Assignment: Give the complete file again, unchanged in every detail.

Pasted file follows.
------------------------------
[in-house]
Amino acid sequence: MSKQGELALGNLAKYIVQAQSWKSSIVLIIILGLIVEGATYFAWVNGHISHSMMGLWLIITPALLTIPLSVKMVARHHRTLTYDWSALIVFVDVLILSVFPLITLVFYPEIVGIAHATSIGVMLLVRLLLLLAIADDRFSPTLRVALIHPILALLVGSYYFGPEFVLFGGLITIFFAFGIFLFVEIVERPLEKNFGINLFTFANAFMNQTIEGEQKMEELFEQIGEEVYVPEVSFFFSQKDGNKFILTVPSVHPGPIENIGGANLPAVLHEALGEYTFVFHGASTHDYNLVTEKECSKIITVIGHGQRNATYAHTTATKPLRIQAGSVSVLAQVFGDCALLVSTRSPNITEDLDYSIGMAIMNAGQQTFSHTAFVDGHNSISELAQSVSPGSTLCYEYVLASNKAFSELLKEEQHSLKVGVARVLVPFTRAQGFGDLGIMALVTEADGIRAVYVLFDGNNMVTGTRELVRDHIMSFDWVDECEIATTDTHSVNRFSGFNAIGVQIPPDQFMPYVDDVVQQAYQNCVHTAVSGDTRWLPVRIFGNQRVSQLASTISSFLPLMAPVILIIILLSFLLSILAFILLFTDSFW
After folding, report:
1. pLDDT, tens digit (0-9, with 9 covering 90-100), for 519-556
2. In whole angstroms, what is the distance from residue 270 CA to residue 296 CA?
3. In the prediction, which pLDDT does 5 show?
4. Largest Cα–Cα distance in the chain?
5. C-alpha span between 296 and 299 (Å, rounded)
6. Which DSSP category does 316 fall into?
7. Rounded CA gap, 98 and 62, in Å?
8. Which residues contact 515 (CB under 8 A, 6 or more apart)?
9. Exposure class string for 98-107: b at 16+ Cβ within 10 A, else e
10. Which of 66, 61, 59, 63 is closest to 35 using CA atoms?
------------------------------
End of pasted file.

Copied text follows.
[in-house]
Amino acid sequence: MSKQGELALGNLAKYIVQAQSWKSSIVLIIILGLIVEGATYFAWVNGHISHSMMGLWLIITPALLTIPLSVKMVARHHRTLTYDWSALIVFVDVLILSVFPLITLVFYPEIVGIAHATSIGVMLLVRLLLLLAIADDRFSPTLRVALIHPILALLVGSYYFGPEFVLFGGLITIFFAFGIFLFVEIVERPLEKNFGINLFTFANAFMNQTIEGEQKMEELFEQIGEEVYVPEVSFFFSQKDGNKFILTVPSVHPGPIENIGGANLPAVLHEALGEYTFVFHGASTHDYNLVTEKECSKIITVIGHGQRNATYAHTTATKPLRIQAGSVSVLAQVFGDCALLVSTRSPNITEDLDYSIGMAIMNAGQQTFSHTAFVDGHNSISELAQSVSPGSTLCYEYVLASNKAFSELLKEEQHSLKVGVARVLVPFTRAQGFGDLGIMALVTEADGIRAVYVLFDGNNMVTGTRELVRDHIMSFDWVDECEIATTDTHSVNRFSGFNAIGVQIPPDQFMPYVDDVVQQAYQNCVHTAVSGDTRWLPVRIFGNQRVSQLASTISSFLPLMAPVILIIILLSFLLSILAFILLFTDSFW
After folding, report:
1. pLDDT, tens digit (0-9, with 9 covering 90-100), for 519-556
2. In whole angstroms, what is the distance from residue 270 CA to residue 296 CA?
3. In the prediction, which pLDDT does 5 show?
4. Largest Cα–Cα distance in the chain?
5. C-alpha span between 296 and 299 (Å, rounded)
6. Which DSSP category does 316 fall into?
7. Rounded CA gap, 98 and 62, in Å?
8. Which residues contact 515 (CB under 8 A, 6 or more apart)?
9. Exposure class string for 98-107: b at 16+ Cβ within 10 A, else e
10. Which of 66, 61, 59, 63 is closest to 35 using CA atoms?